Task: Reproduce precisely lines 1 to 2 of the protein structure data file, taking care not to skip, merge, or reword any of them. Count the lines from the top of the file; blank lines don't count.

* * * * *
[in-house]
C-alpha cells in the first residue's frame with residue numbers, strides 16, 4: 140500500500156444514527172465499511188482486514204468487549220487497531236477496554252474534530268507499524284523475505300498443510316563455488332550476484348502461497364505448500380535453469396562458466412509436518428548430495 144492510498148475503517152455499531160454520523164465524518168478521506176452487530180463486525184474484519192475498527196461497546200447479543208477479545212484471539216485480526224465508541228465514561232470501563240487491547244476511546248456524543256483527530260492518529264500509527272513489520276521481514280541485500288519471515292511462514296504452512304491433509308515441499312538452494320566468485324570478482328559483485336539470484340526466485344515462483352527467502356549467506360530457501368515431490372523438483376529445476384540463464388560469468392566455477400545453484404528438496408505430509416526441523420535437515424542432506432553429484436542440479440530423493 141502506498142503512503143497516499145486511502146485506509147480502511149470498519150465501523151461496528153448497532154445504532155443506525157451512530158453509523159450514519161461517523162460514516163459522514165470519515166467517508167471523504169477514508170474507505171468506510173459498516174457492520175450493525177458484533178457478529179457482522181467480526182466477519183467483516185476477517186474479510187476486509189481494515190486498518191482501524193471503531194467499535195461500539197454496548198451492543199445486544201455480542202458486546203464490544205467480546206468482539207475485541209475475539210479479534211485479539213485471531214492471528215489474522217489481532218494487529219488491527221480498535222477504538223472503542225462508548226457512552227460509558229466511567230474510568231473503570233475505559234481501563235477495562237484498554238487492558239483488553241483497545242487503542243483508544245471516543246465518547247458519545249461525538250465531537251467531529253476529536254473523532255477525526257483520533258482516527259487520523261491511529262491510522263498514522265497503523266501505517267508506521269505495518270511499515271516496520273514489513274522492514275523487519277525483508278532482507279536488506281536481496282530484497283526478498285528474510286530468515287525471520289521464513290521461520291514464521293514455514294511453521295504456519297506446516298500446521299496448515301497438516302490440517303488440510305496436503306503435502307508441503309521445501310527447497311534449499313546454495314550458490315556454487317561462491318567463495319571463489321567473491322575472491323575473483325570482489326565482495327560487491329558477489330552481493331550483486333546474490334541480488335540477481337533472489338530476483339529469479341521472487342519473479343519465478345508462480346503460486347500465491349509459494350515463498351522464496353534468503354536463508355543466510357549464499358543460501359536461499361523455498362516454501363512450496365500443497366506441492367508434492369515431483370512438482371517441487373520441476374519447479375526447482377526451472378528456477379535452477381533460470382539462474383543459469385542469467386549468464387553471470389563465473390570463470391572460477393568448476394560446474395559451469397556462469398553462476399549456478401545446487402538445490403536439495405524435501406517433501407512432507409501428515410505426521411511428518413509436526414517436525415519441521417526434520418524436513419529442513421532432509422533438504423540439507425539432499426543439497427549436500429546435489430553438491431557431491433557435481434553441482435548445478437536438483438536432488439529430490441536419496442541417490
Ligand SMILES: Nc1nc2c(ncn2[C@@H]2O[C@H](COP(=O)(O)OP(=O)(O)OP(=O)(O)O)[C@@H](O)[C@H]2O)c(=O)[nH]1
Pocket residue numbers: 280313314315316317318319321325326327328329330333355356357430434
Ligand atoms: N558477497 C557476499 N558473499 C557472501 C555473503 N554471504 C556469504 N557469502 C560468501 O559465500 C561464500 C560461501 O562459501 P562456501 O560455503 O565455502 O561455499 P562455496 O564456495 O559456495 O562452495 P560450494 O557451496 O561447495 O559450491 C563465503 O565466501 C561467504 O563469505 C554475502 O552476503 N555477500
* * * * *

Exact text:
[in-house]
C-alpha cells in the first residue's frame with residue numbers, strides 16, 4: 140500500500156444514527172465499511188482486514204468487549220487497531236477496554252474534530268507499524284523475505300498443510316563455488332550476484348502461497364505448500380535453469396562458466412509436518428548430495 144492510498148475503517152455499531160454520523164465524518168478521506176452487530180463486525184474484519192475498527196461497546200447479543208477479545212484471539216485480526224465508541228465514561232470501563240487491547244476511546248456524543256483527530260492518529264500509527272513489520276521481514280541485500288519471515292511462514296504452512304491433509308515441499312538452494320566468485324570478482328559483485336539470484340526466485344515462483352527467502356549467506360530457501368515431490372523438483376529445476384540463464388560469468392566455477400545453484404528438496408505430509416526441523420535437515424542432506432553429484436542440479440530423493 141502506498142503512503143497516499145486511502146485506509147480502511149470498519150465501523151461496528153448497532154445504532155443506525157451512530158453509523159450514519161461517523162460514516163459522514165470519515166467517508167471523504169477514508170474507505171468506510173459498516174457492520175450493525177458484533178457478529179457482522181467480526182466477519183467483516185476477517186474479510187476486509189481494515190486498518191482501524193471503531194467499535195461500539197454496548198451492543199445486544201455480542202458486546203464490544205467480546206468482539207475485541209475475539210479479534211485479539213485471531214492471528215489474522217489481532218494487529219488491527221480498535222477504538223472503542225462508548226457512552227460509558229466511567230474510568231473503570233475505559234481501563235477495562237484498554238487492558239483488553241483497545242487503542243483508544245471516543246465518547247458519545249461525538250465531537251467531529253476529536254473523532255477525526257483520533258482516527259487520523261491511529262491510522263498514522265497503523266501505517267508506521269505495518270511499515271516496520273514489513274522492514275523487519277525483508278532482507279536488506281536481496282530484497283526478498285528474510286530468515287525471520289521464513290521461520291514464521293514455514294511453521295504456519297506446516298500446521299496448515301497438516302490440517303488440510305496436503306503435502307508441503309521445501310527447497311534449499313546454495314550458490315556454487317561462491318567463495319571463489321567473491322575472491323575473483325570482489326565482495327560487491329558477489330552481493331550483486333546474490334541480488335540477481337533472489338530476483339529469479341521472487342519473479343519465478345508462480346503460486347500465491349509459494350515463498351522464496353534468503354536463508355543466510357549464499358543460501359536461499361523455498362516454501363512450496365500443497366506441492367508434492369515431483370512438482371517441487373520441476374519447479375526447482377526451472378528456477379535452477381533460470382539462474383543459469385542469467386549468464387553471470389563465473390570463470391572460477393568448476394560446474395559451469397556462469398553462476399549456478401545446487402538445490403536439495405524435501406517433501407512432507409501428515410505426521411511428518413509436526414517436525415519441521417526434520418524436513419529442513421532432509422533438504423540439507425539432499426543439497427549436500429546435489430553438491431557431491433557435481434553441482435548445478437536438483438536432488439529430490441536419496442541417490